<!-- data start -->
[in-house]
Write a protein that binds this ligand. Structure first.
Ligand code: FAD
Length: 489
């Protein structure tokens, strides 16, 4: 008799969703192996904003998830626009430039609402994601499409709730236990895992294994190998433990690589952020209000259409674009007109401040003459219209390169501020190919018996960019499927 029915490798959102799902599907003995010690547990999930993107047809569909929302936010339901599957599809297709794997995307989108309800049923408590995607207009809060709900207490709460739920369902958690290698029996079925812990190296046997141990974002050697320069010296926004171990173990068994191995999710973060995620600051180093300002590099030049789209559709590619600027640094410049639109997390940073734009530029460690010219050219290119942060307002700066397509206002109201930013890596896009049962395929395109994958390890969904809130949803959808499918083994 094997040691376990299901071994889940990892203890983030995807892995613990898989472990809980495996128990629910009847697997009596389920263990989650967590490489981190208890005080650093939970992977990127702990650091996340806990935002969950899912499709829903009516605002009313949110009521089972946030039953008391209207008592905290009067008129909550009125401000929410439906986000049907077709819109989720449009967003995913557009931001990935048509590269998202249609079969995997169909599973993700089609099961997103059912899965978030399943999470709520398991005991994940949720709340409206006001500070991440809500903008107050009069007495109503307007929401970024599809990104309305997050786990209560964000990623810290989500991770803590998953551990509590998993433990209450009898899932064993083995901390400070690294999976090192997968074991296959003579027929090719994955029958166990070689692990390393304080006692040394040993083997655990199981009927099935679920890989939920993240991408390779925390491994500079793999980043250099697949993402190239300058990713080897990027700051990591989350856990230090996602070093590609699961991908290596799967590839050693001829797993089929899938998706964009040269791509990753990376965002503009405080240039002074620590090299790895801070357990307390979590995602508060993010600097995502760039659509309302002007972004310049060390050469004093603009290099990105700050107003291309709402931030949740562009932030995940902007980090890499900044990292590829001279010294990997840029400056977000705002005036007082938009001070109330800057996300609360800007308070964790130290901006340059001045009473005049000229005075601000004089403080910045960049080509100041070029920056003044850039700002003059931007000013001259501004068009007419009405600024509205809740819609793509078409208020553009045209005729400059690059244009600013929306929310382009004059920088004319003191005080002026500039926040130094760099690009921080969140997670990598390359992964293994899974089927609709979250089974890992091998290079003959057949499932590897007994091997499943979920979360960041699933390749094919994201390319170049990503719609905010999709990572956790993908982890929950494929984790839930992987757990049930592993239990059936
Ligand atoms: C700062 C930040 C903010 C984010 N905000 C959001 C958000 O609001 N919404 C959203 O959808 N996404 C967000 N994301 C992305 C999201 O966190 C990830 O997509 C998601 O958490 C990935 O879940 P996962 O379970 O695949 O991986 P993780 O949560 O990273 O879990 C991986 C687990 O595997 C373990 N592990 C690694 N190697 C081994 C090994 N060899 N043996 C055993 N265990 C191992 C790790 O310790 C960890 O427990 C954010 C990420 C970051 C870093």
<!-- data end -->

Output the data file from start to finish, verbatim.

[in-house]
Write a protein that binds this ligand. Structure first.
Ligand code: FAD
Length: 489
């Protein structure tokens, strides 16, 4: 008799969703192996904003998830626009430039609402994601499409709730236990895992294994190998433990690589952020209000259409674009007109401040003459219209390169501020190919018996960019499927 029915490798959102799902599907003995010690547990999930993107047809569909929302936010339901599957599809297709794997995307989108309800049923408590995607207009809060709900207490709460739920369902958690290698029996079925812990190296046997141990974002050697320069010296926004171990173990068994191995999710973060995620600051180093300002590099030049789209559709590619600027640094410049639109997390940073734009530029460690010219050219290119942060307002700066397509206002109201930013890596896009049962395929395109994958390890969904809130949803959808499918083994 094997040691376990299901071994889940990892203890983030995807892995613990898989472990809980495996128990629910009847697997009596389920263990989650967590490489981190208890005080650093939970992977990127702990650091996340806990935002969950899912499709829903009516605002009313949110009521089972946030039953008391209207008592905290009067008129909550009125401000929410439906986000049907077709819109989720449009967003995913557009931001990935048509590269998202249609079969995997169909599973993700089609099961997103059912899965978030399943999470709520398991005991994940949720709340409206006001500070991440809500903008107050009069007495109503307007929401970024599809990104309305997050786990209560964000990623810290989500991770803590998953551990509590998993433990209450009898899932064993083995901390400070690294999976090192997968074991296959003579027929090719994955029958166990070689692990390393304080006692040394040993083997655990199981009927099935679920890989939920993240991408390779925390491994500079793999980043250099697949993402190239300058990713080897990027700051990591989350856990230090996602070093590609699961991908290596799967590839050693001829797993089929899938998706964009040269791509990753990376965002503009405080240039002074620590090299790895801070357990307390979590995602508060993010600097995502760039659509309302002007972004310049060390050469004093603009290099990105700050107003291309709402931030949740562009932030995940902007980090890499900044990292590829001279010294990997840029400056977000705002005036007082938009001070109330800057996300609360800007308070964790130290901006340059001045009473005049000229005075601000004089403080910045960049080509100041070029920056003044850039700002003059931007000013001259501004068009007419009405600024509205809740819609793509078409208020553009045209005729400059690059244009600013929306929310382009004059920088004319003191005080002026500039926040130094760099690009921080969140997670990598390359992964293994899974089927609709979250089974890992091998290079003959057949499932590897007994091997499943979920979360960041699933390749094919994201390319170049990503719609905010999709990572956790993908982890929950494929984790839930992987757990049930592993239990059936
Ligand atoms: C700062 C930040 C903010 C984010 N905000 C959001 C958000 O609001 N919404 C959203 O959808 N996404 C967000 N994301 C992305 C999201 O966190 C990830 O997509 C998601 O958490 C990935 O879940 P996962 O379970 O695949 O991986 P993780 O949560 O990273 O879990 C991986 C687990 O595997 C373990 N592990 C690694 N190697 C081994 C090994 N060899 N043996 C055993 N265990 C191992 C790790 O310790 C960890 O427990 C954010 C990420 C970051 C870093």